1. Assuming I have BGP forwarding from my ISP, a BGP capable router and an ASN. What stops me from advertising IP ranges not belonging to me? Do routers check if an IP address belongs to the correct ASN from RIR databases ?

  2. Do router routing tables contain the ASN? Or just IP ranges, metrics and interface names?

  3. Does every router connected to the internet with more than one upstream provider know the complete internet routing table?


2 Answers 2

  1. The networks you connect to should set up filters to accept routes from you only if they are "yours" or those of your customer(s). Some ISPs build filters from various databases (RIR or IRR). Not all networks do this.
  2. BGP tables (RIB) do contain ASNs. Forwarding tables (FIB) do not.
  3. Not necessarily. It depends on your needs. You could also accept just a default route from each provider, or a subset of the routes your upstreams know, or a complete table form one upstream and partial routes from another.
  1. You would find no one willing to peer with you. The Internet connections between ASs is cooperative, and, if you don't cooperate, you don't get in.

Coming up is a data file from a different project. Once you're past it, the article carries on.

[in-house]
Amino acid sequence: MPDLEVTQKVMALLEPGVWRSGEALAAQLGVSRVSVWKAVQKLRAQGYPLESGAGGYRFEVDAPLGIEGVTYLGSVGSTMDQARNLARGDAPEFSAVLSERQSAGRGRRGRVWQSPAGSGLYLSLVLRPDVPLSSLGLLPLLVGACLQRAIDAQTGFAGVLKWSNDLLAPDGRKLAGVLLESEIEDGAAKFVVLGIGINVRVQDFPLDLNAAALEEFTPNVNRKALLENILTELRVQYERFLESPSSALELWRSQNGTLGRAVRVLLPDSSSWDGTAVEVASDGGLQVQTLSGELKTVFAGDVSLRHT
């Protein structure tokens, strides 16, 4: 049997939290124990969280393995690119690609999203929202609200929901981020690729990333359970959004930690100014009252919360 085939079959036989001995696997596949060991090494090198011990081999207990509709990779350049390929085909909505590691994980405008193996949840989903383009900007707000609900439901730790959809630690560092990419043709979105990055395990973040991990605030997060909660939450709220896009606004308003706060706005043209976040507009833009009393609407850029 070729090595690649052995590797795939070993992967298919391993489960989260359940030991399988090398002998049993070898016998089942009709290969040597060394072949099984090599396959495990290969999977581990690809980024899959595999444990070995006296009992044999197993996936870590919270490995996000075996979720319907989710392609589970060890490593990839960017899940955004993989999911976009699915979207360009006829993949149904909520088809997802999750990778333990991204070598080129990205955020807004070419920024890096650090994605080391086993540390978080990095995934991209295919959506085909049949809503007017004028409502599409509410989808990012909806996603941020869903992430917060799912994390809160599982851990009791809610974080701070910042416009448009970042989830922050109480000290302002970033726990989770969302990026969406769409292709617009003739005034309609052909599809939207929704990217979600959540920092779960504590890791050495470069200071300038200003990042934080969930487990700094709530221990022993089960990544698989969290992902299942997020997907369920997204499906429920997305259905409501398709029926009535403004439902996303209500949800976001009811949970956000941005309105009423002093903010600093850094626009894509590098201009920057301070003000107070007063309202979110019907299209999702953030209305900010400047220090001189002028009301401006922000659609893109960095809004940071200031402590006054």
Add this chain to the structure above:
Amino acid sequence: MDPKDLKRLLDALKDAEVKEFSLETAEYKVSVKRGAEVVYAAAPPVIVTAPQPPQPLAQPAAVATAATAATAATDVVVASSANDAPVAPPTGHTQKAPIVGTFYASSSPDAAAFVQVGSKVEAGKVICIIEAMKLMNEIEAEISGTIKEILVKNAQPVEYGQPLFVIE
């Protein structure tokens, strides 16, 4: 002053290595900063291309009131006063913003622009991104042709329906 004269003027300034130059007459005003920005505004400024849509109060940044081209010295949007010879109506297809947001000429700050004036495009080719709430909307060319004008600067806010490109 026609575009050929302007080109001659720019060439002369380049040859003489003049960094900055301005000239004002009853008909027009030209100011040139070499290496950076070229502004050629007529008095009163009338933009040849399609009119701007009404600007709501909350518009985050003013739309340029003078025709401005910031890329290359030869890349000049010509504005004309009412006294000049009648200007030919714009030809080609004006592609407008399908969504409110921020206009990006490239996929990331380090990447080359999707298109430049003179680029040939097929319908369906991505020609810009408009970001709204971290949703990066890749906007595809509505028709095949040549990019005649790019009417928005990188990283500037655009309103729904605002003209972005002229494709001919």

2. As far as Cisco routers go, the routing table contains the best route for a given prefix from all the routing protocol tables. In other words, "No." Each routing protocol maintains its own table, and the routing table chooses its content from those tables.
  3. Not necessarily. It is the universal networking answer: "It depends..." You really need to know what you are trying to accomplish in what way to answer that question for any particular design.

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